The Constitution of the United States of America protects US citizens from governmental overreach. One of the ways it does this is by explicitly outlining the rights of someone accused of committing a crime. Many people may be familiar with the first ten amendments to the Constitution, commonly referred to as the Bill of Rights. However, you may not know that the main subject of the Bill of Rights is the rights of someone charged with a crime. That’s right – five of the ten amendments are concerned with your rights after being accused of committing a crime.
Two protections are given under the fourth amendment – a prohibition of unreasonable search and seizure and the requirement for probable cause to issue a warrant for a police search.
You may be familiar with the term “pleading the fifth.” This term refers to the right of Americans to refuse to testify against themselves in a court of law. Additionally, the amendment provides that all felonies must be tried under the indictment of a grand jury. Finally, the fifth amendment prevents the government from trying someone for the same crime twice, known as the double jeopardy clause.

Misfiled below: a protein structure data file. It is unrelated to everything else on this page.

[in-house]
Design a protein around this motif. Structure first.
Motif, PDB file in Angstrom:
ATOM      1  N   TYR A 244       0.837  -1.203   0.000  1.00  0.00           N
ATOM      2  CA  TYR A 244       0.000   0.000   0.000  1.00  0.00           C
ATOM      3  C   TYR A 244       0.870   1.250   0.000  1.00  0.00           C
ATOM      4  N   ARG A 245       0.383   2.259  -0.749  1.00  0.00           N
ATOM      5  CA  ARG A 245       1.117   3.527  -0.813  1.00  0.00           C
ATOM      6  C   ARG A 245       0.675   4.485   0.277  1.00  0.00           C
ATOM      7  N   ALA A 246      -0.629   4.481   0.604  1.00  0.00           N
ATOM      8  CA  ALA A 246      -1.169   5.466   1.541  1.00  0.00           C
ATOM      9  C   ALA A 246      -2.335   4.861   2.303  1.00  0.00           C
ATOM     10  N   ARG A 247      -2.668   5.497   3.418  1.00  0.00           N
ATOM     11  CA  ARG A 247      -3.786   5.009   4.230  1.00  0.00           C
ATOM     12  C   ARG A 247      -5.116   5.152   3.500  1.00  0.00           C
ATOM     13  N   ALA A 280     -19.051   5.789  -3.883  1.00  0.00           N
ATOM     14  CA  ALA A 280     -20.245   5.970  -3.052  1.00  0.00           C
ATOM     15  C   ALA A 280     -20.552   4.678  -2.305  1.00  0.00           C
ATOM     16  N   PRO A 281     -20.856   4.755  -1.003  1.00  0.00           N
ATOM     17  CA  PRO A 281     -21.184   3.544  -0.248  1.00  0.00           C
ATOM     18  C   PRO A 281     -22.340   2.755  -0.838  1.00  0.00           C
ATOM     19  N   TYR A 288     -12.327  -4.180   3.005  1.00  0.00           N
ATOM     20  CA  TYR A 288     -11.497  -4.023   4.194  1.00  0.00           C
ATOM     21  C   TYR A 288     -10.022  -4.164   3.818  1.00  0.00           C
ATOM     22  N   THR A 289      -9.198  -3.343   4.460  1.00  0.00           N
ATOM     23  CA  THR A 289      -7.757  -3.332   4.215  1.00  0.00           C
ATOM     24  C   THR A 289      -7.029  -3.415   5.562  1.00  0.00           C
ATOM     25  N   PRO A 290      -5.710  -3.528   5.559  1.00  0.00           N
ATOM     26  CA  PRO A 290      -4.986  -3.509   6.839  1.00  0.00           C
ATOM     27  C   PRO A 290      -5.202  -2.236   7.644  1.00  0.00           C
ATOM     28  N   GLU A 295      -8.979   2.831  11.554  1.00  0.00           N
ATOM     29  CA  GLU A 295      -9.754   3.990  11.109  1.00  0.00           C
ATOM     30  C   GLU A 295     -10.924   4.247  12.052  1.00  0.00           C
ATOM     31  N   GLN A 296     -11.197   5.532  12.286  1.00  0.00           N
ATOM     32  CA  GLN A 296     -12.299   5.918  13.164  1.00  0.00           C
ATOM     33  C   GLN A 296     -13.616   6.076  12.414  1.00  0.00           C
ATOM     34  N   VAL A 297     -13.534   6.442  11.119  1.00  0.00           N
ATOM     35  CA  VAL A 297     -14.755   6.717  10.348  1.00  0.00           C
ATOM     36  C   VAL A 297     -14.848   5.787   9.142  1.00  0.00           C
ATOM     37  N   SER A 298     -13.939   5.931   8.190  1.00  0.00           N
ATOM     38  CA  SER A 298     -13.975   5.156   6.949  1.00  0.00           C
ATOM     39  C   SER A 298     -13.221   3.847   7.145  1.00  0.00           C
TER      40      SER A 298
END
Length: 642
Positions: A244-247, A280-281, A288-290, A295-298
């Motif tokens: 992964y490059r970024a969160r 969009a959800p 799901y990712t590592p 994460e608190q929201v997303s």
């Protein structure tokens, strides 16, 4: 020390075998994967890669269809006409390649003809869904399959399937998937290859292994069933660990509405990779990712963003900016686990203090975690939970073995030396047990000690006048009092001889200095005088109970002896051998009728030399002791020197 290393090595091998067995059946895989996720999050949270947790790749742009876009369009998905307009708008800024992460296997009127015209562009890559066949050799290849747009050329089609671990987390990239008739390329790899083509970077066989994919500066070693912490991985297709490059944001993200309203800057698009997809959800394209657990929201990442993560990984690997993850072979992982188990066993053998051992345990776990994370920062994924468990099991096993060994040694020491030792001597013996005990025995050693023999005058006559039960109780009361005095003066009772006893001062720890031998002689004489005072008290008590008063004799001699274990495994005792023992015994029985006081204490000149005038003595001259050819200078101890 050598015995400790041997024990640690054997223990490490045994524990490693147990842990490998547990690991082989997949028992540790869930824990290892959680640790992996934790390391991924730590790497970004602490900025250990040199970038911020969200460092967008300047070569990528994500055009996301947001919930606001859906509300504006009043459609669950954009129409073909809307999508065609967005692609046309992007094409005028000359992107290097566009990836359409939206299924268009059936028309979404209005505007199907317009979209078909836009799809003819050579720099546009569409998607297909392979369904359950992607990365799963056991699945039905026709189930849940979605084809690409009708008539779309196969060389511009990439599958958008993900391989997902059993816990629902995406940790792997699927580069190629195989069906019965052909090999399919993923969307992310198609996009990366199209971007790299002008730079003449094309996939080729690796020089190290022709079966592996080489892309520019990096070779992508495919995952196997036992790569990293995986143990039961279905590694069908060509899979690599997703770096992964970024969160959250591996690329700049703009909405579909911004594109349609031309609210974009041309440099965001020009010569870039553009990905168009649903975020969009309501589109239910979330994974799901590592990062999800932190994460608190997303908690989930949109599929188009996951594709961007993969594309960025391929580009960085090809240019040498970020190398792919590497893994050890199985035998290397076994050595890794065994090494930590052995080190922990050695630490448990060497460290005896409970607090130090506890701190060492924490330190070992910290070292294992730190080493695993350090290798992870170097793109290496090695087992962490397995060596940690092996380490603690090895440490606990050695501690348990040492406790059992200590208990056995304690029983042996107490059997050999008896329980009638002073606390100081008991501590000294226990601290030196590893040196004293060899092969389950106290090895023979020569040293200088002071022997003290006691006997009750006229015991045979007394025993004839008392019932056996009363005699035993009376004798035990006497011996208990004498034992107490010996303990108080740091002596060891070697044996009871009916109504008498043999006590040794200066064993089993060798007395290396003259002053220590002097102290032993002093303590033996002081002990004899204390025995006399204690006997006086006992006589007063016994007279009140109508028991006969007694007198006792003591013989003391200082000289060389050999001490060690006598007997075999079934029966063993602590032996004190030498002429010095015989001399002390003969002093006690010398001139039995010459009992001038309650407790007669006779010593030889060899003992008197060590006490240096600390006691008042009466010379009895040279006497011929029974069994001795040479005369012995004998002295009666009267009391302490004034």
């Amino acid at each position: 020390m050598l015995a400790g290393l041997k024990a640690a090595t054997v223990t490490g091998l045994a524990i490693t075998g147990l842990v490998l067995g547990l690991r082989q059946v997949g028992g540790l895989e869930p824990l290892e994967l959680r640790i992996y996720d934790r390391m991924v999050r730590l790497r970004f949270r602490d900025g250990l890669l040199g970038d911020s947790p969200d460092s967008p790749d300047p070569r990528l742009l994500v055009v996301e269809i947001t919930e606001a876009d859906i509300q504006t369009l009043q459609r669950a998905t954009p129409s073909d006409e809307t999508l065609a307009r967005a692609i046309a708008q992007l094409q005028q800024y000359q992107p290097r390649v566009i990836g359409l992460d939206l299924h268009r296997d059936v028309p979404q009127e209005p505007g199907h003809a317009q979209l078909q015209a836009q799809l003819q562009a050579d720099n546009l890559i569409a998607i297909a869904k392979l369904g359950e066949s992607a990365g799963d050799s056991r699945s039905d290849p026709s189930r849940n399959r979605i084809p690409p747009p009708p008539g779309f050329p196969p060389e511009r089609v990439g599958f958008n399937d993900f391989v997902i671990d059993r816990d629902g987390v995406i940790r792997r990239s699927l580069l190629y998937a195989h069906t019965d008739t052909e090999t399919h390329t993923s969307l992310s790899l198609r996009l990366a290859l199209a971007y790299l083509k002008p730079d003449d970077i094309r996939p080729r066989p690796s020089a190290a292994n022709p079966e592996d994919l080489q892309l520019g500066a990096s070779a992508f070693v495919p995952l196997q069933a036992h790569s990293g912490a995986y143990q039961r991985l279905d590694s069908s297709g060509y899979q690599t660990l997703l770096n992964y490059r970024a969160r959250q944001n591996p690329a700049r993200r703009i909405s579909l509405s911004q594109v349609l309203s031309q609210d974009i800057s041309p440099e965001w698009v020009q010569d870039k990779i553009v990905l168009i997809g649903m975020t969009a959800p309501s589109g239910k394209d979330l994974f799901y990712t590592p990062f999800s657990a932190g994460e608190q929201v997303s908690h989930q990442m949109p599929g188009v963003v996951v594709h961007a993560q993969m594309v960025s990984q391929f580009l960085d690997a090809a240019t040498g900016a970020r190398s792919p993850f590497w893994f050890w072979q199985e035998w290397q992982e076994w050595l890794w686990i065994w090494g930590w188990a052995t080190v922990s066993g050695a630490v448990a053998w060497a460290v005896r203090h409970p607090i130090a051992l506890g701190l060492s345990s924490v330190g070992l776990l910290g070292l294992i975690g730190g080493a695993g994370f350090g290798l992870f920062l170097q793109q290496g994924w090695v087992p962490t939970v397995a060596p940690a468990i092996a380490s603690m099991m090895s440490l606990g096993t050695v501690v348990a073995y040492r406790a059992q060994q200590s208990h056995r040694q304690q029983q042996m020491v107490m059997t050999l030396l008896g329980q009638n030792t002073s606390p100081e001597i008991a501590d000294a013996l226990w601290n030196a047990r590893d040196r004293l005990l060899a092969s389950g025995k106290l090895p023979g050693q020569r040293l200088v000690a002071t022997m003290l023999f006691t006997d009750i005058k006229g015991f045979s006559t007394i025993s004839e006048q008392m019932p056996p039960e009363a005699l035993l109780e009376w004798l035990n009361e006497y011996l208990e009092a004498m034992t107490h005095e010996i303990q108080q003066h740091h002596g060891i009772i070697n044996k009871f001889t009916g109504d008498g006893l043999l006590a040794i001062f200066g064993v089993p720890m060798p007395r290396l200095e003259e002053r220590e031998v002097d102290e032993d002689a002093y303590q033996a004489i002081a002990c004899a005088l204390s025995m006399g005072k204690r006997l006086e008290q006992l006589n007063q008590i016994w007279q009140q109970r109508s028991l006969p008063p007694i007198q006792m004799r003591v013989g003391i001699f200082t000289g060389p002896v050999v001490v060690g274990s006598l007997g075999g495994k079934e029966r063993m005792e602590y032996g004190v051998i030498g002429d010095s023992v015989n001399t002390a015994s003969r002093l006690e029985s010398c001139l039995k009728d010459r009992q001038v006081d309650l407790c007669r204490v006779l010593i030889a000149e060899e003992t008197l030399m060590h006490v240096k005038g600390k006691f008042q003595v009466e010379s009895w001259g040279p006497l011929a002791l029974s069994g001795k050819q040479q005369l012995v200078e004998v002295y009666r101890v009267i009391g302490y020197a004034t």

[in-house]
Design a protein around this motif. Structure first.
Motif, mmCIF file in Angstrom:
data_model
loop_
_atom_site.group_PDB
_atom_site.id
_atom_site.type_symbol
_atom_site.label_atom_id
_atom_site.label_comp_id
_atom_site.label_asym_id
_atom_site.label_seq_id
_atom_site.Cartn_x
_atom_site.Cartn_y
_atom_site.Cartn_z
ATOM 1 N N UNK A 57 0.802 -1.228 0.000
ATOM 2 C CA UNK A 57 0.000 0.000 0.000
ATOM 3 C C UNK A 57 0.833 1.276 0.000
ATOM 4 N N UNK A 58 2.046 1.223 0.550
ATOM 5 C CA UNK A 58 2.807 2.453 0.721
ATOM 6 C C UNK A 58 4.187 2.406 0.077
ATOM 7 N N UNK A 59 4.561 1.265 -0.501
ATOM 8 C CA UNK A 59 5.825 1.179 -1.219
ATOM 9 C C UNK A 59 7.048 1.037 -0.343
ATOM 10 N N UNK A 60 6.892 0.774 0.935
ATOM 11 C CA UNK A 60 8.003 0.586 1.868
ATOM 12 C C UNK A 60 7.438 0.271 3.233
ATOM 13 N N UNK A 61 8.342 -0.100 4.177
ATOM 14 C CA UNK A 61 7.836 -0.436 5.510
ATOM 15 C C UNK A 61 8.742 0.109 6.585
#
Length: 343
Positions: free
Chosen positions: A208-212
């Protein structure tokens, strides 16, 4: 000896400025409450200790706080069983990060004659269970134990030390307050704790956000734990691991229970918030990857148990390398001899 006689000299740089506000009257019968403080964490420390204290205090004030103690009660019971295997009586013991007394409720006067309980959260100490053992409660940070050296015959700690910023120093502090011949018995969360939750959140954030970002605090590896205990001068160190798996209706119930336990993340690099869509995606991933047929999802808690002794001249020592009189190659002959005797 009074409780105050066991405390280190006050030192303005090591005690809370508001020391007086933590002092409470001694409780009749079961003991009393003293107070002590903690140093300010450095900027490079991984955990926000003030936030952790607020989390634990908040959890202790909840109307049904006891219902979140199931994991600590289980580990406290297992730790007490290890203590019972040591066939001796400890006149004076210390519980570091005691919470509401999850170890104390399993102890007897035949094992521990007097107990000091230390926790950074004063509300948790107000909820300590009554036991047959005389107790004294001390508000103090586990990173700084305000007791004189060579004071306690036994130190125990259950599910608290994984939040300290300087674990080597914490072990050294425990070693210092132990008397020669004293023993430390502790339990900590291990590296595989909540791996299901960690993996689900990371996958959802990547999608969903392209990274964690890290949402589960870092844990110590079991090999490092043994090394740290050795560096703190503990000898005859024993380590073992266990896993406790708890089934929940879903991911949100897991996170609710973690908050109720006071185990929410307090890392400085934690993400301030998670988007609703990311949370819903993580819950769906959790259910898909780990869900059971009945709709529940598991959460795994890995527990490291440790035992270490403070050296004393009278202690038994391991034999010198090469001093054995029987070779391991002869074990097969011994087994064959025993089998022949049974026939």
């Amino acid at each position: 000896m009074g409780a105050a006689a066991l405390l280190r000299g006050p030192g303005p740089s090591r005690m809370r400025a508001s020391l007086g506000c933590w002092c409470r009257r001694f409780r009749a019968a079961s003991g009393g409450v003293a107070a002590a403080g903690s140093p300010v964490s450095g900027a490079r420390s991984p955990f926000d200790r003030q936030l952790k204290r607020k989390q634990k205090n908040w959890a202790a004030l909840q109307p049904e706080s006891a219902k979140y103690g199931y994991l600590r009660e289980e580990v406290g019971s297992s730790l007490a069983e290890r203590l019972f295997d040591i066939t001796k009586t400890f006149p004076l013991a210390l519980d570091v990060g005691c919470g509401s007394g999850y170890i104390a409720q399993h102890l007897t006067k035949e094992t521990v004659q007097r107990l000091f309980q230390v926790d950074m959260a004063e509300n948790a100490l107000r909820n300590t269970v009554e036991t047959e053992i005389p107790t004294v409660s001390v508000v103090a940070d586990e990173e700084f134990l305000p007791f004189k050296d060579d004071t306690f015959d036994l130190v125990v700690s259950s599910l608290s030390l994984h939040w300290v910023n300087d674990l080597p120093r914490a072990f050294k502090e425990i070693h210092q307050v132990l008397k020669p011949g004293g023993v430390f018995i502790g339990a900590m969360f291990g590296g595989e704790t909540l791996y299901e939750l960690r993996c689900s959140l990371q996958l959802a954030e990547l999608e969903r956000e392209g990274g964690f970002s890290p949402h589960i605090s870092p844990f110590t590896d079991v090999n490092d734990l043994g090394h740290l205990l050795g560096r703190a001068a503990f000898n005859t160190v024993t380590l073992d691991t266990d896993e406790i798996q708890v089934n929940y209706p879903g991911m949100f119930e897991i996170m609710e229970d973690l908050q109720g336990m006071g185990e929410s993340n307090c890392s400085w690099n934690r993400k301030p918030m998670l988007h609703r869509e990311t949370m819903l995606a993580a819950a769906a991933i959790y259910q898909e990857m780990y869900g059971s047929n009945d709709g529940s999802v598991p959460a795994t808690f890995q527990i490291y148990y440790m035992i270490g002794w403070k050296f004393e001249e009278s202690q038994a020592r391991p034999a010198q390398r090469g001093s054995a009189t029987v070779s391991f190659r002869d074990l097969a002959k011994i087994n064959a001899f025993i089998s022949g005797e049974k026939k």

This amendment establishes the right to a “speedy and public trial.” This simply means that someone accused of a crime is entitled to face their accuser in a public trial and defend their innocence.
Considered one of the most straightforward amendments. the seventh amendment guarantees the right to a trial by jury in civil cases and prevents courts from overturning findings of fact made by a jury.
The Eighth Amendment establishes a defendant’s freedom from excessive bail. Becuase the United States justice system operates on the premise that defendants are innocent until proven guilty, defendants must be granted bail or they would suffer undue punishment. Simply, if the defendant has not been convicted of a crime, they cannot be detained by the government.